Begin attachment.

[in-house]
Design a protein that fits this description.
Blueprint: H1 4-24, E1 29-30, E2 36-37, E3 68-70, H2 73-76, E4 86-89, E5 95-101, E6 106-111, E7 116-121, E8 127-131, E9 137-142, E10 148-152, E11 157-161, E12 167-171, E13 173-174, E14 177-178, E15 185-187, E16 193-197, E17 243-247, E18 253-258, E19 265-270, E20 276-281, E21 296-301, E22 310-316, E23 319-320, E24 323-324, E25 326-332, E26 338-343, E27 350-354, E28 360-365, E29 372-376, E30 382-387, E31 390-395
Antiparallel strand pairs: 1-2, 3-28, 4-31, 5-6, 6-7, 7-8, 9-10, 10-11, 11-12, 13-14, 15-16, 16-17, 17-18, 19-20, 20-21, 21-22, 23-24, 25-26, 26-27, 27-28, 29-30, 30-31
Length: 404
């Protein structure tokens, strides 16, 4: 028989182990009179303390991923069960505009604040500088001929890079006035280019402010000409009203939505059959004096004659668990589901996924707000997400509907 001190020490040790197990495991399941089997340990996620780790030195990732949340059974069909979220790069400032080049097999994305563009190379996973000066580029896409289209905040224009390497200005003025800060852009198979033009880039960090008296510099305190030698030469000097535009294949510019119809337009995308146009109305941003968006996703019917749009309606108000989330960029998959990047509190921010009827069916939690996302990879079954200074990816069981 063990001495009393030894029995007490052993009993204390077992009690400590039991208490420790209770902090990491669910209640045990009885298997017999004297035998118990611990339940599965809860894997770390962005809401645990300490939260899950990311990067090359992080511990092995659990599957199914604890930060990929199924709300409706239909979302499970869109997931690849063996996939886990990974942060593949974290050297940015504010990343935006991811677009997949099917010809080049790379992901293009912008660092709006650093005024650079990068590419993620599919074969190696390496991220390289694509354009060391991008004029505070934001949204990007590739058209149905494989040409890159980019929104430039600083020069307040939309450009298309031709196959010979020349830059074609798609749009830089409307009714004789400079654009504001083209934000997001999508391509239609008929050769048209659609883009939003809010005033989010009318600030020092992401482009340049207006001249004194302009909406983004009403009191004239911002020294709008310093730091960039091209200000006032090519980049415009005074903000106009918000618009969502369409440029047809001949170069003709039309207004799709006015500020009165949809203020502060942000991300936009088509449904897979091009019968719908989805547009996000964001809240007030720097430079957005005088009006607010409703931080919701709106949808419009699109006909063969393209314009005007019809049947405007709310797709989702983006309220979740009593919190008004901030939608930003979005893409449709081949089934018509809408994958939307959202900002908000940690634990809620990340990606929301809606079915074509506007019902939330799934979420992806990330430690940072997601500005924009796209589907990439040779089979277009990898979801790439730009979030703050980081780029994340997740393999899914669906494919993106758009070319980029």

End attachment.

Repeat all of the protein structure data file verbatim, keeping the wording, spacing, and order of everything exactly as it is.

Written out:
[in-house]
Design a protein that fits this description.
Blueprint: H1 4-24, E1 29-30, E2 36-37, E3 68-70, H2 73-76, E4 86-89, E5 95-101, E6 106-111, E7 116-121, E8 127-131, E9 137-142, E10 148-152, E11 157-161, E12 167-171, E13 173-174, E14 177-178, E15 185-187, E16 193-197, E17 243-247, E18 253-258, E19 265-270, E20 276-281, E21 296-301, E22 310-316, E23 319-320, E24 323-324, E25 326-332, E26 338-343, E27 350-354, E28 360-365, E29 372-376, E30 382-387, E31 390-395
Antiparallel strand pairs: 1-2, 3-28, 4-31, 5-6, 6-7, 7-8, 9-10, 10-11, 11-12, 13-14, 15-16, 16-17, 17-18, 19-20, 20-21, 21-22, 23-24, 25-26, 26-27, 27-28, 29-30, 30-31
Length: 404
């Protein structure tokens, strides 16, 4: 028989182990009179303390991923069960505009604040500088001929890079006035280019402010000409009203939505059959004096004659668990589901996924707000997400509907 001190020490040790197990495991399941089997340990996620780790030195990732949340059974069909979220790069400032080049097999994305563009190379996973000066580029896409289209905040224009390497200005003025800060852009198979033009880039960090008296510099305190030698030469000097535009294949510019119809337009995308146009109305941003968006996703019917749009309606108000989330960029998959990047509190921010009827069916939690996302990879079954200074990816069981 063990001495009393030894029995007490052993009993204390077992009690400590039991208490420790209770902090990491669910209640045990009885298997017999004297035998118990611990339940599965809860894997770390962005809401645990300490939260899950990311990067090359992080511990092995659990599957199914604890930060990929199924709300409706239909979302499970869109997931690849063996996939886990990974942060593949974290050297940015504010990343935006991811677009997949099917010809080049790379992901293009912008660092709006650093005024650079990068590419993620599919074969190696390496991220390289694509354009060391991008004029505070934001949204990007590739058209149905494989040409890159980019929104430039600083020069307040939309450009298309031709196959010979020349830059074609798609749009830089409307009714004789400079654009504001083209934000997001999508391509239609008929050769048209659609883009939003809010005033989010009318600030020092992401482009340049207006001249004194302009909406983004009403009191004239911002020294709008310093730091960039091209200000006032090519980049415009005074903000106009918000618009969502369409440029047809001949170069003709039309207004799709006015500020009165949809203020502060942000991300936009088509449904897979091009019968719908989805547009996000964001809240007030720097430079957005005088009006607010409703931080919701709106949808419009699109006909063969393209314009005007019809049947405007709310797709989702983006309220979740009593919190008004901030939608930003979005893409449709081949089934018509809408994958939307959202900002908000940690634990809620990340990606929301809606079915074509506007019902939330799934979420992806990330430690940072997601500005924009796209589907990439040779089979277009990898979801790439730009979030703050980081780029994340997740393999899914669906494919993106758009070319980029």